The nation’s excess and surplus lines insurance industry is growing almost 13 percent faster halfway through this year than it did last year at this time.
Mid-year premium growth reported by the 15 excess and surplus lines (E&S) stamping/service offices across the country has reached almost $18 billion, based on data reported halfway through 2019. This growth represents a 12.7% increase over what was recorded at mid-year 2018, according to data analyzed by Texas E&S officials.
All but one (Nevada) of the 15 service office states experienced premium increases, while 13 also recorded increases in policy filings. The largest gains were seen in Minnesota (24.6%), Arizona (21.1%), North Carolina (18.9%), California (18.2%) and Idaho (15.7%).
While there are various reasons for the increases in states, Minnesota and California saw increases partially due to late policies (those filed in 2019 but effective in 2018), with California’s premium being affected by several large-scale late policies with premiums of greater than $100 million.
Nicholas Schroeder, executive director, Surplus Lines Association of Minnesota, said he believes his state may only be up 10% in 2019 over mid-year 2018 if a few large transactions with 2018 effective dates are discounted.
Idaho felt the benefit of the home state rule as large property accounts previously recorded elsewhere are now being reported back to the state of Idaho.
On the other hand, Arizona’s 21% increase was attributed to overall increases by policy, with evident changes occurring in construction, professional, and general liability classes, according to Scott Wede, executive director, Surplus Line Association of Arizona.
Similarly, in North Carolina, several class codes had significant changes, most noticeably within property coverages. “This is primarily from rate increases and additional coverage being purchased as a result of the two hurricanes that hit North Carolina in 2018. The remainder of the premium increase this year is due to economic growth in North Carolina,” said Geoff Allen, chief operating officer, North Carolina Surplus Lines Association.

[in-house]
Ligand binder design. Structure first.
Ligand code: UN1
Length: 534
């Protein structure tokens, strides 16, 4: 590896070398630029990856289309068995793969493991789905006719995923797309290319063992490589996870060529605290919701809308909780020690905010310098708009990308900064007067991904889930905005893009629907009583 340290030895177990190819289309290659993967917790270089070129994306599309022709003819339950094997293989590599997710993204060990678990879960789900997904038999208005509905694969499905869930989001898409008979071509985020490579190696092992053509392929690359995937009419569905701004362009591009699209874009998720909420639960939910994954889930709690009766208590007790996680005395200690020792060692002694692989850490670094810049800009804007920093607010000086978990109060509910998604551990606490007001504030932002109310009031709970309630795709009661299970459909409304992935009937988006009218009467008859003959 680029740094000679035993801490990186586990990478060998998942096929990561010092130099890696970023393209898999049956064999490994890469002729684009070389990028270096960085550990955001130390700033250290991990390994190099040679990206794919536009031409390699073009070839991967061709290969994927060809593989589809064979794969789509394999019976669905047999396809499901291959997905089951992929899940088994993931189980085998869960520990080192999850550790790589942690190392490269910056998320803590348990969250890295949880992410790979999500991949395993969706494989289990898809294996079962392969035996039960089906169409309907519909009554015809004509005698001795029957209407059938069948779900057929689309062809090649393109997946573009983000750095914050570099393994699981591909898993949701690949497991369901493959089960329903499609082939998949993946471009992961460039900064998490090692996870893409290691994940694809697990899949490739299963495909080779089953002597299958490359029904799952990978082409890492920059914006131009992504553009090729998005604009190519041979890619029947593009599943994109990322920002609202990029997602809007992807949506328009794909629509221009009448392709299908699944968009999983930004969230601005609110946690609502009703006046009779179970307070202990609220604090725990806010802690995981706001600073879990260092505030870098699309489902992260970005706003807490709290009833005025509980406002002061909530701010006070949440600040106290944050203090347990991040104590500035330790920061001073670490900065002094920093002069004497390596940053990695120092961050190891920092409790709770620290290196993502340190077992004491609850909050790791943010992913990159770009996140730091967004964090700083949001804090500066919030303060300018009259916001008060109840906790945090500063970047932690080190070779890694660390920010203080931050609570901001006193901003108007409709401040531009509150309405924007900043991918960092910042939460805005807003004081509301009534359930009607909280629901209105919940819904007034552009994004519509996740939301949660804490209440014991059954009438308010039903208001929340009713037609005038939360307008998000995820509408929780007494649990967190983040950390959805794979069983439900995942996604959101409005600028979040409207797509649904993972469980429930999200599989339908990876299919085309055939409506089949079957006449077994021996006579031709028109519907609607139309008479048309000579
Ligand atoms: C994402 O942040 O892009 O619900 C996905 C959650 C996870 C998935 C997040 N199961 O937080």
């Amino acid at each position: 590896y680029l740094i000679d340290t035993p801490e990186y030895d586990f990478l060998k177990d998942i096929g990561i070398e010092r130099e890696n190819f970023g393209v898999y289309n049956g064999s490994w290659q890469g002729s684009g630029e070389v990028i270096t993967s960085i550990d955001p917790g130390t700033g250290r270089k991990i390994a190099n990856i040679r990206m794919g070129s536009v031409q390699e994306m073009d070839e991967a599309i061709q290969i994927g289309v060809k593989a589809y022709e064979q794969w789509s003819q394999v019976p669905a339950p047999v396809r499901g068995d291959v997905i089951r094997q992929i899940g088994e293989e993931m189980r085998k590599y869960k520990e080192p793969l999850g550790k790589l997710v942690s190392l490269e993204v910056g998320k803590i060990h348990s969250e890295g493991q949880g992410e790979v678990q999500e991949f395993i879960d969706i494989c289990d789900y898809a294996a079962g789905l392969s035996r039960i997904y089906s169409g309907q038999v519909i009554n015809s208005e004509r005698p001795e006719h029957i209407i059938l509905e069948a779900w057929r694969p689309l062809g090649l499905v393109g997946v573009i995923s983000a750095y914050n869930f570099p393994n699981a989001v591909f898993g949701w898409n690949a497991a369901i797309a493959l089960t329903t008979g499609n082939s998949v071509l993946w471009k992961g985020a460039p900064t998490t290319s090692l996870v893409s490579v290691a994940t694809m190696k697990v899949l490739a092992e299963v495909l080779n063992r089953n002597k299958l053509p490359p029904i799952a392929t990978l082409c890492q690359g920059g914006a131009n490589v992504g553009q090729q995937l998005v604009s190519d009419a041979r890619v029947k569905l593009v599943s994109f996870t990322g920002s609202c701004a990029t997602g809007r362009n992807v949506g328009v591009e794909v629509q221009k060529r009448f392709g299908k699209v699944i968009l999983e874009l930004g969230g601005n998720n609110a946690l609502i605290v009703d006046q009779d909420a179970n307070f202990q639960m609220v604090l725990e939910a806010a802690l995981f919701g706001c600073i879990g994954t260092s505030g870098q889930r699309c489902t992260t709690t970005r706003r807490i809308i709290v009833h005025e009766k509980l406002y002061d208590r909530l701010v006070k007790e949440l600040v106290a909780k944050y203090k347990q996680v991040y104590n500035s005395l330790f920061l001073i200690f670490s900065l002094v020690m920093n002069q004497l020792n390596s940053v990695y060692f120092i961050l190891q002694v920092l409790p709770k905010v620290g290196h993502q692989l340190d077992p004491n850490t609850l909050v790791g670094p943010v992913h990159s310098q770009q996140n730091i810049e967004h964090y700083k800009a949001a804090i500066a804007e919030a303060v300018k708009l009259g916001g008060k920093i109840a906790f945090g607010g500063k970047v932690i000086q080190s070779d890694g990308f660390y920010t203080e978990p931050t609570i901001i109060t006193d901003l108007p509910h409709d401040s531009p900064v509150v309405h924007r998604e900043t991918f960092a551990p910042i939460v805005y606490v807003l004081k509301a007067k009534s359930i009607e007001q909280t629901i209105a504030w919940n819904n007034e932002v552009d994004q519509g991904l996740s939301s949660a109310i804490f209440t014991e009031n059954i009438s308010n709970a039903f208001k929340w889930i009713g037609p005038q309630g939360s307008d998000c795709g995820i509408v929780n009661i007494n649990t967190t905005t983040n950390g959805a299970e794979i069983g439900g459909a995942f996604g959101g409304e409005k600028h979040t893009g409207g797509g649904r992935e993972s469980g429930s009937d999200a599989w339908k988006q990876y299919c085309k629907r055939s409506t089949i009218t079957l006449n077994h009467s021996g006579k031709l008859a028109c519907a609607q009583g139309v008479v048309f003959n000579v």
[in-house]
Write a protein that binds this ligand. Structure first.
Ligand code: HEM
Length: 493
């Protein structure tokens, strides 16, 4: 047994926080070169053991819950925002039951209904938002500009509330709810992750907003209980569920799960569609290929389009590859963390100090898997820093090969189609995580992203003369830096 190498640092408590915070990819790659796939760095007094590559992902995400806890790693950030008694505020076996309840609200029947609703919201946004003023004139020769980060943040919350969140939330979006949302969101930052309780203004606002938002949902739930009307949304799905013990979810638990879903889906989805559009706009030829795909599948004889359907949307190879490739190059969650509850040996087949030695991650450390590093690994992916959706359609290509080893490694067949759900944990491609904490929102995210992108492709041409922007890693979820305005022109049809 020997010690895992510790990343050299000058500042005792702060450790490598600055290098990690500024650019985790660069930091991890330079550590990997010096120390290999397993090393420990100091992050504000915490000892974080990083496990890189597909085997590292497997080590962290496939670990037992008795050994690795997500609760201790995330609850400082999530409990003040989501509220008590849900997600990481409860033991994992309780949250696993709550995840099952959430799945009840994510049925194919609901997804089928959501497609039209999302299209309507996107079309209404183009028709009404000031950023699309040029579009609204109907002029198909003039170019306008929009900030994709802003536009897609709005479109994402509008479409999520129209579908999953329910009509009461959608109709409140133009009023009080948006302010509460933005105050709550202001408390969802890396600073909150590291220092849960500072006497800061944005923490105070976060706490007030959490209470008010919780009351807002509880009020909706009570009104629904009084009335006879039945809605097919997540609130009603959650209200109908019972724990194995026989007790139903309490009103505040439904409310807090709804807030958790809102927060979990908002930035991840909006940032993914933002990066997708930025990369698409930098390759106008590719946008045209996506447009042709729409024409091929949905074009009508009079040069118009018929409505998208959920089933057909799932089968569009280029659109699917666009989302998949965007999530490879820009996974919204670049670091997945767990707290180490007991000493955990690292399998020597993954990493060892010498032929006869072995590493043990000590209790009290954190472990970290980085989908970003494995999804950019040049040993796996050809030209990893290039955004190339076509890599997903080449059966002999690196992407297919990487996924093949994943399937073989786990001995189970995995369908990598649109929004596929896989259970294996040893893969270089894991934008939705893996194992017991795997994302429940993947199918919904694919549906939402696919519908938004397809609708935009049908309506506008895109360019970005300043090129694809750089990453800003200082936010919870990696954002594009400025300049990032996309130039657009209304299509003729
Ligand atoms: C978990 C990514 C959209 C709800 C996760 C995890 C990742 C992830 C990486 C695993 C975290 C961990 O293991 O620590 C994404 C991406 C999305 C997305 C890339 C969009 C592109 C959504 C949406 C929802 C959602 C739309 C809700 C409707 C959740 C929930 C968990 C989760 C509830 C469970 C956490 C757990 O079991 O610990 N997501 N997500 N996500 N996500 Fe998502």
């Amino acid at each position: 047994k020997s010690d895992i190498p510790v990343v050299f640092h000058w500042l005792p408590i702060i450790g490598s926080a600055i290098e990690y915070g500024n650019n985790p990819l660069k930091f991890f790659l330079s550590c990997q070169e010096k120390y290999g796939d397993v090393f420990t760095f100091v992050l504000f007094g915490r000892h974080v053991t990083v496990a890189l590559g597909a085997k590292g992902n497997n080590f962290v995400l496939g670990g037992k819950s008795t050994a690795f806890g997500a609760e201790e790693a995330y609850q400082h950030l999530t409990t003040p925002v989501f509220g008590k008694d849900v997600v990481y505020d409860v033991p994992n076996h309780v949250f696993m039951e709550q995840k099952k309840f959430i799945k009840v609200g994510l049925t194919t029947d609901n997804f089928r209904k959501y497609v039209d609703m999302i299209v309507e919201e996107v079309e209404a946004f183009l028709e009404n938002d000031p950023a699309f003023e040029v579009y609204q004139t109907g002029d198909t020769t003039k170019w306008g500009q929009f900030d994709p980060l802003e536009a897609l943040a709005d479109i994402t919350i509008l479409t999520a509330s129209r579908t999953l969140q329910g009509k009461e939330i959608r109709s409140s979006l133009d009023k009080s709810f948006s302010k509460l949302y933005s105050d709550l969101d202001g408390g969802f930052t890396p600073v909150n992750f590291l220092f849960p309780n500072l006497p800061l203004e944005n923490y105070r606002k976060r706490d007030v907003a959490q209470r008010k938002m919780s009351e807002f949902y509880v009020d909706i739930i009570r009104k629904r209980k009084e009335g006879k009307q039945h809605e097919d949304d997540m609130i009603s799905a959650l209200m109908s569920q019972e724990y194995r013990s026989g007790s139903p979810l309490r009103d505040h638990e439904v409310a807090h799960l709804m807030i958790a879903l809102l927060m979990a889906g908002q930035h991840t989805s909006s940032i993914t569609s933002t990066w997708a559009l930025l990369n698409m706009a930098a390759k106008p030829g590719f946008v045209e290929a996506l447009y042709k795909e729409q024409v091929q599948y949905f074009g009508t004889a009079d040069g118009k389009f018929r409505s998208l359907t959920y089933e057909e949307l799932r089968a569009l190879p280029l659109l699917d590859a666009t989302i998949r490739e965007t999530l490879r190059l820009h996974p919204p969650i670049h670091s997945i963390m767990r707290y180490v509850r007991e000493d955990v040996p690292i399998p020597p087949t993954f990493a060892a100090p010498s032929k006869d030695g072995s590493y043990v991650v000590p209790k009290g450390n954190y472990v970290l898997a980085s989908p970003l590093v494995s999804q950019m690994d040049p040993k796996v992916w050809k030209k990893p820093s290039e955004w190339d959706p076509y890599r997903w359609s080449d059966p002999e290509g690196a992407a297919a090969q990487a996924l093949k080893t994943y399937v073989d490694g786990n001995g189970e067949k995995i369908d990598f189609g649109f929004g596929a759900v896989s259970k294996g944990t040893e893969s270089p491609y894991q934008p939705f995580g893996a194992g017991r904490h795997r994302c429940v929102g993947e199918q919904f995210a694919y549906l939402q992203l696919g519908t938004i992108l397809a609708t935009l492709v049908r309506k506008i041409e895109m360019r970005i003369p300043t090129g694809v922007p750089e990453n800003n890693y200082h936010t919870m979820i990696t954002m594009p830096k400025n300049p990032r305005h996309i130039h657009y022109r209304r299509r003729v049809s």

Five (5) other states also reported double-digit premium increases: Mississippi (14.3%), Florida (14.2%), Texas (13.4%), Illinois (11.3%), and Oregon (11.1%).
Peggy Dronet, executive director, Mississippi Surplus Lines Association, said that a favorable economy contributed to her state’s premium growth. “The uptick in the economy has had a huge impact within our state,” Dronet said, “especially in the lower five coastal counties, where over half of the increase was generated.”
This too was the same experience for in Florida. According to Sheila Pearson, controller, Florida Surplus Lines Service Office, her state is seeing a “lot of coverages with double digit increases over last year, higher than the 14% increase in premium.”
Utah recorded the highest increase in filings with a 20.2% growth, followed by Washington at 17.6%. Other states with notable filing growth include Florida (8.71%), Arizona (8.53%), and Mississippi (7.36%).
The mid-year report included modest filing decreases that could easily be attributed to timing/filing differences for agents/brokers in the states of Illinois (0.22%) and Minnesota (1.09%), while Nevada experienced a slight premium decrease of 1.49%.
The Surplus Lines Stamping Office of Texas conducts both the mid-year and an end-of-year analysis. According to Norma Essary, chief executive officer, the slight deductions in a few states are of minor effect given the growth overall.
“The slight reductions are not significant enough to be of concern; however, overall, the mid-year report from our business partners and peers support a number of different factors, all of which include robust state economies, consumer driven need (buyers & risk managers), expanded capacity of the surplus lines market, and a major reason – rate increases,” she said.
The report says that in Texas the 13.4% increase is predominately driven by the hardened market. Carriers are raising their rates across the board while carriers are reassessing risk, loss ratios, market disruptions, profitable coverage lines, and resetting business strategy and operations after years of operating in a soft market, according to Essary.
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